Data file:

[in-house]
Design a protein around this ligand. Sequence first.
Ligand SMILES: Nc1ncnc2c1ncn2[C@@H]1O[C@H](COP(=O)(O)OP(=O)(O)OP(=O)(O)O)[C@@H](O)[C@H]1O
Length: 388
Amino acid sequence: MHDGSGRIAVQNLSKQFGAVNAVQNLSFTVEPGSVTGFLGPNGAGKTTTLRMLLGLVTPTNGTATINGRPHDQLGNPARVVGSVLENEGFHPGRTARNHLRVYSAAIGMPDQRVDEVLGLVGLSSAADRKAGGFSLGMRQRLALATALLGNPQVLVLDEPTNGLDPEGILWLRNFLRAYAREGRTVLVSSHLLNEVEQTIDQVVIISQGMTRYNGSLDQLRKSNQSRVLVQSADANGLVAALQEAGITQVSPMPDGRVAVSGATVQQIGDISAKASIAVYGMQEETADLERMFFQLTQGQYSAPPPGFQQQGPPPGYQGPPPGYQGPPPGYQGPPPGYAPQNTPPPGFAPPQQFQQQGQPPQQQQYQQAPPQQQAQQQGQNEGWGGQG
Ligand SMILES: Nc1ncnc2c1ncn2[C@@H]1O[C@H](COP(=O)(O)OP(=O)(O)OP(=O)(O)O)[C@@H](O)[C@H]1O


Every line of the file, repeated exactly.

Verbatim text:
[in-house]
Design a protein around this ligand. Sequence first.
Ligand SMILES: Nc1ncnc2c1ncn2[C@@H]1O[C@H](COP(=O)(O)OP(=O)(O)OP(=O)(O)O)[C@@H](O)[C@H]1O
Length: 388
Amino acid sequence: MHDGSGRIAVQNLSKQFGAVNAVQNLSFTVEPGSVTGFLGPNGAGKTTTLRMLLGLVTPTNGTATINGRPHDQLGNPARVVGSVLENEGFHPGRTARNHLRVYSAAIGMPDQRVDEVLGLVGLSSAADRKAGGFSLGMRQRLALATALLGNPQVLVLDEPTNGLDPEGILWLRNFLRAYAREGRTVLVSSHLLNEVEQTIDQVVIISQGMTRYNGSLDQLRKSNQSRVLVQSADANGLVAALQEAGITQVSPMPDGRVAVSGATVQQIGDISAKASIAVYGMQEETADLERMFFQLTQGQYSAPPPGFQQQGPPPGYQGPPPGYQGPPPGYQGPPPGYAPQNTPPPGFAPPQQFQQQGQPPQQQQYQQAPPQQQAQQQGQNEGWGGQG
Ligand SMILES: Nc1ncnc2c1ncn2[C@@H]1O[C@H](COP(=O)(O)OP(=O)(O)OP(=O)(O)O)[C@@H](O)[C@H]1O